In college, a guy I was dating bumped my bookcase really hard, dislodging the Random House Encyclopedia my brother had given me for Christmas in 1990. It weighed 11 pounds and landed squarely in the middle of the guy’s forehead. I ran over immediately and picked the book off the ground, running my hands over its surface to check for damage.
“You ripped it!” I accused him, as the dust jacket was partially damaged. “I’m bleeding” he responded, and he was, but I shot back, “You’ll heal but the book will be ruined forever.”
The moral of this story is that I like books more than people. These are my bona fides which is why you should take me seriously when I say that, if you like to read, you should get an e-reader. Second only to the iPod in the list of Things Which Made My Life Better, an e-reader has meant that I can read more, both quantity and variety, in a way more convenient way. As someone who generally has four or five books going at once, being able to carry them all with me all the time is among the best things ever.
This being said, I still love books, but as an itinerant person, I can’t justify carting physical copies of stuff around with me. Now I only keep books that I use as reference materials, like dictionaries or history texts, or ones that are my absolute favorites (of which I have plenty, thankyouverymuch). All the other stuff I read doesn’t need to follow me around for the rest of my life, nor would I want it to, considering that I will read almost anything (except poetry and short stories). I really love fiction, but the vast majority of novels I read never need to be revisited again, so why keep them? Better yet, if I do need to pull a quote or an idea from one, all I have to do is search the whole text. It’s the best of both worlds.
And to be honest, I still remember when I was leaving the US in 2005 and I took a lot of my books, including that beloved, slightly torn RH Encyclopedia, to sell at a second-hand book store in DC. The guy at the counter didn’t care that I’d loved those books, had carted them over a thousand miles to five different addresses, had caressed their spines sometimes as I walked past them. He just saw piles of stuff they could maybe sell and other stuff they couldn’t. The titles he kept he put away behind him and when I walked out, feeling like I’d abandoned my children, I looked back and saw them there, all out of order, not snuggled between their similarly themed brethren, and I was so sad.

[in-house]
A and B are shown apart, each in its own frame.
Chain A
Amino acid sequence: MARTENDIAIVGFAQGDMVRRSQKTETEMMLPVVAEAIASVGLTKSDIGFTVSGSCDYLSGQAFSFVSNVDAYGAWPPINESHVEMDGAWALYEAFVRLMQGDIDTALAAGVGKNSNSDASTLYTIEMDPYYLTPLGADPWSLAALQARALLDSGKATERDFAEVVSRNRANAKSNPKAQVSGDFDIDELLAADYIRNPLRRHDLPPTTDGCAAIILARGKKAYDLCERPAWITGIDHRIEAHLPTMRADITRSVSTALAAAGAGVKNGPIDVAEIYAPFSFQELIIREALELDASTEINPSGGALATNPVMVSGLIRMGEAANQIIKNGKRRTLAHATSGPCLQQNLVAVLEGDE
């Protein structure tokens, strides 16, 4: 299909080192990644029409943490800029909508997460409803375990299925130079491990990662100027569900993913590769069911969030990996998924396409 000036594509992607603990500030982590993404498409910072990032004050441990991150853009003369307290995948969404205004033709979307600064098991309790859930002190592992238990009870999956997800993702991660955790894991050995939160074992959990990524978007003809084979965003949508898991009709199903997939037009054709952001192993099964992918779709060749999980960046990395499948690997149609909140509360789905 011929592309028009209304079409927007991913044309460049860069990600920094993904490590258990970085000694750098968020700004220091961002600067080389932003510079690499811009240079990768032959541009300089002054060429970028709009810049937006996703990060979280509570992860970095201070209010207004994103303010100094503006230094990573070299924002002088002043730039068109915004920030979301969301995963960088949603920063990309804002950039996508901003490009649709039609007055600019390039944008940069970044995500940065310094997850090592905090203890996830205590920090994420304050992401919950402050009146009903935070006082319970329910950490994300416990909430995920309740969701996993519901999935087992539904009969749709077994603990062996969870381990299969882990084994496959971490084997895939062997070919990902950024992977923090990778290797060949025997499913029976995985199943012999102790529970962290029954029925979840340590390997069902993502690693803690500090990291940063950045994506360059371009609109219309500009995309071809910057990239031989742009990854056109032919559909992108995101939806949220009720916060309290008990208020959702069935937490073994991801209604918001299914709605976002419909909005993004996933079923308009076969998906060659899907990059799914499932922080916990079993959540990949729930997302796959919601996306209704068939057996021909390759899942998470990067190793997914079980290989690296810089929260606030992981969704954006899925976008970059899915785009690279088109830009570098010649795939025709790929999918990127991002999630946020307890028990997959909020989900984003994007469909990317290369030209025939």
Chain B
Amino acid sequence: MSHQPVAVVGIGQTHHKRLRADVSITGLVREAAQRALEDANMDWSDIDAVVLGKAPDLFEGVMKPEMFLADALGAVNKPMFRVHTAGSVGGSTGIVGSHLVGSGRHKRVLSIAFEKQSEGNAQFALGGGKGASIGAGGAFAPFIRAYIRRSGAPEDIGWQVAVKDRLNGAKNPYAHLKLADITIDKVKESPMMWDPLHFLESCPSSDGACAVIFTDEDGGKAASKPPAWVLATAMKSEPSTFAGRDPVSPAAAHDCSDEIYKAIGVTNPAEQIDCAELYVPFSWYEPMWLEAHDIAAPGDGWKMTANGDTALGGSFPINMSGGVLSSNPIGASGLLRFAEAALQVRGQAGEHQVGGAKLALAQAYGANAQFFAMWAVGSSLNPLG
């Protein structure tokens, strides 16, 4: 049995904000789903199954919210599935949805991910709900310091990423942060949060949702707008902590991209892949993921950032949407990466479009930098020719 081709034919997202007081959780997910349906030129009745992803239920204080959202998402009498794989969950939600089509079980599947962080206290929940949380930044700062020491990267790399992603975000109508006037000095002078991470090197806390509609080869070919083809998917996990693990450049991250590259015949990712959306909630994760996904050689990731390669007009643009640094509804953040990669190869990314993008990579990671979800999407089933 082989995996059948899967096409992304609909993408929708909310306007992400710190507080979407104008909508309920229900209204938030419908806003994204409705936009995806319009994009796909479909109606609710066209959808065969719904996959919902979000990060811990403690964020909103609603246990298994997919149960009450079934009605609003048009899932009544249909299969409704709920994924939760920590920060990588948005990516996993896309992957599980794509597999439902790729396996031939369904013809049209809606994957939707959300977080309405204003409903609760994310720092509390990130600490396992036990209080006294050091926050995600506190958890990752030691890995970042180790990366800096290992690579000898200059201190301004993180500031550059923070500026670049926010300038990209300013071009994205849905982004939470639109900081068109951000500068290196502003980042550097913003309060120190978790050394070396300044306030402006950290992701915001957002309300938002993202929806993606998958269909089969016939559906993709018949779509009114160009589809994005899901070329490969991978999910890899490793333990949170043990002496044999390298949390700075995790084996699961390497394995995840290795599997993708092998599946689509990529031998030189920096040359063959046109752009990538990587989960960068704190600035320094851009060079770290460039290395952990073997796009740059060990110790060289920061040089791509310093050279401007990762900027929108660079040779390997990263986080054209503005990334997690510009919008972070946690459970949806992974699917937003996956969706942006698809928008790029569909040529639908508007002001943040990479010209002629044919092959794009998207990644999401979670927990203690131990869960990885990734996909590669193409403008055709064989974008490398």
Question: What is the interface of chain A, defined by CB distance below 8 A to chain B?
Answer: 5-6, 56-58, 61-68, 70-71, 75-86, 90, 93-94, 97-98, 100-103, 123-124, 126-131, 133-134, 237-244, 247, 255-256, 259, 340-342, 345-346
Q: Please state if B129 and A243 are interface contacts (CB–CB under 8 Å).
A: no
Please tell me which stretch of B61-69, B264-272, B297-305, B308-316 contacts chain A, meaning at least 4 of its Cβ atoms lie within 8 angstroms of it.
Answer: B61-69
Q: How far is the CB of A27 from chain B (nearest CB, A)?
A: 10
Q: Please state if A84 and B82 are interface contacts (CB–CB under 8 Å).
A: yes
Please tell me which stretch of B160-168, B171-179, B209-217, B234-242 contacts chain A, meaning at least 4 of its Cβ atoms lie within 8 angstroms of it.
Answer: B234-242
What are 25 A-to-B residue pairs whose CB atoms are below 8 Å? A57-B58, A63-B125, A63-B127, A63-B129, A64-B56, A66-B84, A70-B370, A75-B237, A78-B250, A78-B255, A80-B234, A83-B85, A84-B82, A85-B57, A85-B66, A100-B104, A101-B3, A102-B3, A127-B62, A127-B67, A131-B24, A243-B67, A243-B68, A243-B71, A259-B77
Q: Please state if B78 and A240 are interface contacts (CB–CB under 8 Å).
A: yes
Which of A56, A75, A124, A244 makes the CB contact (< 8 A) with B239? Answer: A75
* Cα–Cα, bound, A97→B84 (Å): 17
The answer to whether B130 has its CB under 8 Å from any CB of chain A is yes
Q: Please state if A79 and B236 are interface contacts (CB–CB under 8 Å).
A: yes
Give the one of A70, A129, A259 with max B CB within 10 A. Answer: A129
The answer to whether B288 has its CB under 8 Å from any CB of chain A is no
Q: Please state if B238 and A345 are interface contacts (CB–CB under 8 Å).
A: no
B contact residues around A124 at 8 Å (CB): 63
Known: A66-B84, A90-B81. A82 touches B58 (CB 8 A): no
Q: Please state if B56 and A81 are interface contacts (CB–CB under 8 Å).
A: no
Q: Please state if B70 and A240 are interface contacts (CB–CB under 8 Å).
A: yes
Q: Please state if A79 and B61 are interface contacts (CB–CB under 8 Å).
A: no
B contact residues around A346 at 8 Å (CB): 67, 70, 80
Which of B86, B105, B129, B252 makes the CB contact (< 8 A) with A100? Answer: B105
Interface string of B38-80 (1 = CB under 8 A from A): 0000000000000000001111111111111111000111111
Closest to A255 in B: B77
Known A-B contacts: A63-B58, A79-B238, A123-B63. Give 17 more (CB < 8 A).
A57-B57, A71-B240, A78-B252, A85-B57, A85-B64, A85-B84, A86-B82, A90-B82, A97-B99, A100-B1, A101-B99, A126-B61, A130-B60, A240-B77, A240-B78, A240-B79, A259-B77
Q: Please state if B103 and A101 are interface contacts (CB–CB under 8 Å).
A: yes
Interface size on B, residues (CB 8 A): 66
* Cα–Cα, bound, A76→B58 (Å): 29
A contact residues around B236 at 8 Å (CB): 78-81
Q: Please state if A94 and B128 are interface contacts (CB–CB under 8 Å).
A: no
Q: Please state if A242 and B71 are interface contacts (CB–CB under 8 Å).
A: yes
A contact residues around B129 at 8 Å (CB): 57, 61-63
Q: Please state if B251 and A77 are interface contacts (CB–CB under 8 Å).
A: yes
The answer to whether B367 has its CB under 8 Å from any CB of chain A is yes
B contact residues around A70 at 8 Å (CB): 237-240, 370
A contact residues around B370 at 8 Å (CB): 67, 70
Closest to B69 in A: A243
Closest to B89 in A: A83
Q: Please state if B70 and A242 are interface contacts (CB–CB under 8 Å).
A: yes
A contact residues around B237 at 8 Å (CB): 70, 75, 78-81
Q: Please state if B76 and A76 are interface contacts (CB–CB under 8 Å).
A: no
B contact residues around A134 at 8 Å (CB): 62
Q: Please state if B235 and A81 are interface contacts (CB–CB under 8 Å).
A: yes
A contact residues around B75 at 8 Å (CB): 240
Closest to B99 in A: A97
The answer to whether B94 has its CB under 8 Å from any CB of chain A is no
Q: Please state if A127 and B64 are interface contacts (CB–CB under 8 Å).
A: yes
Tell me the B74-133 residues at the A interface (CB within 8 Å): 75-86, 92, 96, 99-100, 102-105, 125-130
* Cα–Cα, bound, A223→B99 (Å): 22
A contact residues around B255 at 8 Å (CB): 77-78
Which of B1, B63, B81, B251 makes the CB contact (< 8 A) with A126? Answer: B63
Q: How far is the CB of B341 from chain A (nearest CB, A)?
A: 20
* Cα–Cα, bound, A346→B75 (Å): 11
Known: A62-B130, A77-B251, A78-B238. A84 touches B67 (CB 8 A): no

Today’s lesson: if you like reading, get an e-reader. They are perfectly adequate at providing many of the pleasures of reading with few of the drawbacks. If you like books, don’t be a nomadic expat.
→ Author Margaret Atwood (The Handmaid’s Tale) has a few good reasons for keeping physical books, all of which are totally valid and which (I hope) are supported by what I say above.
→ My version of hell is either some place filled with god damn hippies and their non-stop Grateful Dead music, or ending up like Burgess Meredith in The Twilight Zone episode (“Time Enough at Last“) with the library. The former would certainly be more torturous in a Prometheus-y way, but the latter would just be tragic and cruel.
Two things finally pushed me to get an e-reader in 2008. The first was the realization that, considering all the books I had to carry with me every day in my capacity as a private English teacher, I couldn’t really justify the added weight to my bag for something that was just for my pleasure. The second was watching a teenage girl sitting opposite me on the bus finish one of the Twiglet books, sigh contentedly to herself, and then pull out the next one. She was carrying over 1200 pages of books with her! I was pissed because, despite those books being genuinely terrible, I was ashamed that she was a more dedicated reader than I’d become. And that just could not continue.